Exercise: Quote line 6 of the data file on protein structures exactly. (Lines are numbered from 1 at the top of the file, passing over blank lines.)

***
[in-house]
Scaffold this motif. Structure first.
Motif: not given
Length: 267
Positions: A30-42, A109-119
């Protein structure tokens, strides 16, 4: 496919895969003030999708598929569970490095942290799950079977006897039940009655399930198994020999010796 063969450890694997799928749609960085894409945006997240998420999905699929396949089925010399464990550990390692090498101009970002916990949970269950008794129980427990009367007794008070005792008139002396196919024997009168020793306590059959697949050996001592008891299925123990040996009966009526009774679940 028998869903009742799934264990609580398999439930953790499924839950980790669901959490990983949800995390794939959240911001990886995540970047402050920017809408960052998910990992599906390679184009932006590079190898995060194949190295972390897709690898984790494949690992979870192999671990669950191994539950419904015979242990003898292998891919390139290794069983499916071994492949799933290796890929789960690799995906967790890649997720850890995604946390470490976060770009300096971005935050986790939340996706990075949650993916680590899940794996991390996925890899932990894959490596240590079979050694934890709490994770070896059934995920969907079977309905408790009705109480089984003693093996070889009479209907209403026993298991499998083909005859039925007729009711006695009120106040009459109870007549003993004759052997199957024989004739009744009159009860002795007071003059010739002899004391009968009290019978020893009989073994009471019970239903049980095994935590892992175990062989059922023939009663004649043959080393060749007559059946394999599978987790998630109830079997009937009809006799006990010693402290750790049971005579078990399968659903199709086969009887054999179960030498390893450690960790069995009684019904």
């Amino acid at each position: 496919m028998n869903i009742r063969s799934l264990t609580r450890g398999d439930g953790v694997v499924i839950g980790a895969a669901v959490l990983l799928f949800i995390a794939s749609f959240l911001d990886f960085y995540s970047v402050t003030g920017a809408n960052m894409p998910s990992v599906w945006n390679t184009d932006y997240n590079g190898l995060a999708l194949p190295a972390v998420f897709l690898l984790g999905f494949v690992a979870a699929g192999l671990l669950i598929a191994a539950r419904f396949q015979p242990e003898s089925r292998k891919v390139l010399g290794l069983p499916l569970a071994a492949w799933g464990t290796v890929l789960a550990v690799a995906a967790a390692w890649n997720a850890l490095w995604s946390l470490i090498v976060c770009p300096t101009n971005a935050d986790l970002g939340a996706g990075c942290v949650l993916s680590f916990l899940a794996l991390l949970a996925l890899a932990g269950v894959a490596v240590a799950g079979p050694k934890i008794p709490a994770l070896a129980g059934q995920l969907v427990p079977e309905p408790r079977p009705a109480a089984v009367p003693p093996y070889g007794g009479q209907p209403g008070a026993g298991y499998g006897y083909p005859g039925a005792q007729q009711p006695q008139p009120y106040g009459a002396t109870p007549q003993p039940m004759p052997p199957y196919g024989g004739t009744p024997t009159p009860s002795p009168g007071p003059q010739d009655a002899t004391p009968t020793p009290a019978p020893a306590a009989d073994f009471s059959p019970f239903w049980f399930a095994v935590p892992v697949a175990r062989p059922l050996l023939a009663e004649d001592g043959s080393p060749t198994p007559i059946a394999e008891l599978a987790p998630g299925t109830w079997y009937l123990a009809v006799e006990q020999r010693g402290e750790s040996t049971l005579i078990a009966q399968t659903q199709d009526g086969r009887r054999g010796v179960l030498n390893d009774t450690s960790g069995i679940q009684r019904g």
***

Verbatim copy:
């Protein structure tokens, strides 16, 4: 496919895969003030999708598929569970490095942290799950079977006897039940009655399930198994020999010796 063969450890694997799928749609960085894409945006997240998420999905699929396949089925010399464990550990390692090498101009970002916990949970269950008794129980427990009367007794008070005792008139002396196919024997009168020793306590059959697949050996001592008891299925123990040996009966009526009774679940 028998869903009742799934264990609580398999439930953790499924839950980790669901959490990983949800995390794939959240911001990886995540970047402050920017809408960052998910990992599906390679184009932006590079190898995060194949190295972390897709690898984790494949690992979870192999671990669950191994539950419904015979242990003898292998891919390139290794069983499916071994492949799933290796890929789960690799995906967790890649997720850890995604946390470490976060770009300096971005935050986790939340996706990075949650993916680590899940794996991390996925890899932990894959490596240590079979050694934890709490994770070896059934995920969907079977309905408790009705109480089984003693093996070889009479209907209403026993298991499998083909005859039925007729009711006695009120106040009459109870007549003993004759052997199957024989004739009744009159009860002795007071003059010739002899004391009968009290019978020893009989073994009471019970239903049980095994935590892992175990062989059922023939009663004649043959080393060749007559059946394999599978987790998630109830079997009937009809006799006990010693402290750790049971005579078990399968659903199709086969009887054999179960030498390893450690960790069995009684019904």